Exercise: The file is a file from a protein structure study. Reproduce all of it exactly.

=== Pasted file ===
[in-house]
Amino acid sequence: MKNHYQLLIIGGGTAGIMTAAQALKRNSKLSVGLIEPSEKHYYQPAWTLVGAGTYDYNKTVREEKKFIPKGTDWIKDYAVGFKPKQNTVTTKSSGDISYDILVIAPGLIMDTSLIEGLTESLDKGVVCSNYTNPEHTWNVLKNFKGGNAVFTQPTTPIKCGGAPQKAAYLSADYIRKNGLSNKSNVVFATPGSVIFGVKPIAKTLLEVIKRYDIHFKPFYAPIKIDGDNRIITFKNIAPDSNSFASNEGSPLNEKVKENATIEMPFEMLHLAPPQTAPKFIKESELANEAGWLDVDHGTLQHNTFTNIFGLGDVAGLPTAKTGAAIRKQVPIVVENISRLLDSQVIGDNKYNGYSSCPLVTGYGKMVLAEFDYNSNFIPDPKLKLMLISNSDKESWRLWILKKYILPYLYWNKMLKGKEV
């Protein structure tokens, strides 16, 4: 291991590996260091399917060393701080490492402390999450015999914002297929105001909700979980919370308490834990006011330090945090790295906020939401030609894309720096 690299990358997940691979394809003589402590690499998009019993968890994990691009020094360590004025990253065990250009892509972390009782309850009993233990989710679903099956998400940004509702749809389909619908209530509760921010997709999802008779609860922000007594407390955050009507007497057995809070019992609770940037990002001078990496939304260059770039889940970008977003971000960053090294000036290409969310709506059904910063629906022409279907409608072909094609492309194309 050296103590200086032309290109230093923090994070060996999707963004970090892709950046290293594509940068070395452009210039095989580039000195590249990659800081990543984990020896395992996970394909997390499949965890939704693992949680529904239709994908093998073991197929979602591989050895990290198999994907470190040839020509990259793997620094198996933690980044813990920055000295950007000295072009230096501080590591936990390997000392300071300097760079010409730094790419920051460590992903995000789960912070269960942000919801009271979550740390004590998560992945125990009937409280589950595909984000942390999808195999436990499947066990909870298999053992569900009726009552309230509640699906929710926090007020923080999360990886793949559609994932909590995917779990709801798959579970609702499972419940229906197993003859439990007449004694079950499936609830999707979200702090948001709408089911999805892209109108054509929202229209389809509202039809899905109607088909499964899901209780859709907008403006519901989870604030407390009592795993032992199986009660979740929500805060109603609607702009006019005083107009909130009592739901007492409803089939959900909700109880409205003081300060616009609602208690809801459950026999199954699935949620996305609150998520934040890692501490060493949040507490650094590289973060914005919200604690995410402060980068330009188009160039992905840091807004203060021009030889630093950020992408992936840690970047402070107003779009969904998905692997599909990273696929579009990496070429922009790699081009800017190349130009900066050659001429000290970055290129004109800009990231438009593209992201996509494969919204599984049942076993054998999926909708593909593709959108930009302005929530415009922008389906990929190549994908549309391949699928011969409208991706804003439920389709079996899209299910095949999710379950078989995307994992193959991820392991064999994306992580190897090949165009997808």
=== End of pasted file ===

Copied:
[in-house]
Amino acid sequence: MKNHYQLLIIGGGTAGIMTAAQALKRNSKLSVGLIEPSEKHYYQPAWTLVGAGTYDYNKTVREEKKFIPKGTDWIKDYAVGFKPKQNTVTTKSSGDISYDILVIAPGLIMDTSLIEGLTESLDKGVVCSNYTNPEHTWNVLKNFKGGNAVFTQPTTPIKCGGAPQKAAYLSADYIRKNGLSNKSNVVFATPGSVIFGVKPIAKTLLEVIKRYDIHFKPFYAPIKIDGDNRIITFKNIAPDSNSFASNEGSPLNEKVKENATIEMPFEMLHLAPPQTAPKFIKESELANEAGWLDVDHGTLQHNTFTNIFGLGDVAGLPTAKTGAAIRKQVPIVVENISRLLDSQVIGDNKYNGYSSCPLVTGYGKMVLAEFDYNSNFIPDPKLKLMLISNSDKESWRLWILKKYILPYLYWNKMLKGKEV
């Protein structure tokens, strides 16, 4: 291991590996260091399917060393701080490492402390999450015999914002297929105001909700979980919370308490834990006011330090945090790295906020939401030609894309720096 690299990358997940691979394809003589402590690499998009019993968890994990691009020094360590004025990253065990250009892509972390009782309850009993233990989710679903099956998400940004509702749809389909619908209530509760921010997709999802008779609860922000007594407390955050009507007497057995809070019992609770940037990002001078990496939304260059770039889940970008977003971000960053090294000036290409969310709506059904910063629906022409279907409608072909094609492309194309 050296103590200086032309290109230093923090994070060996999707963004970090892709950046290293594509940068070395452009210039095989580039000195590249990659800081990543984990020896395992996970394909997390499949965890939704693992949680529904239709994908093998073991197929979602591989050895990290198999994907470190040839020509990259793997620094198996933690980044813990920055000295950007000295072009230096501080590591936990390997000392300071300097760079010409730094790419920051460590992903995000789960912070269960942000919801009271979550740390004590998560992945125990009937409280589950595909984000942390999808195999436990499947066990909870298999053992569900009726009552309230509640699906929710926090007020923080999360990886793949559609994932909590995917779990709801798959579970609702499972419940229906197993003859439990007449004694079950499936609830999707979200702090948001709408089911999805892209109108054509929202229209389809509202039809899905109607088909499964899901209780859709907008403006519901989870604030407390009592795993032992199986009660979740929500805060109603609607702009006019005083107009909130009592739901007492409803089939959900909700109880409205003081300060616009609602208690809801459950026999199954699935949620996305609150998520934040890692501490060493949040507490650094590289973060914005919200604690995410402060980068330009188009160039992905840091807004203060021009030889630093950020992408992936840690970047402070107003779009969904998905692997599909990273696929579009990496070429922009790699081009800017190349130009900066050659001429000290970055290129004109800009990231438009593209992201996509494969919204599984049942076993054998999926909708593909593709959108930009302005929530415009922008389906990929190549994908549309391949699928011969409208991706804003439920389709079996899209299910095949999710379950078989995307994992193959991820392991064999994306992580190897090949165009997808």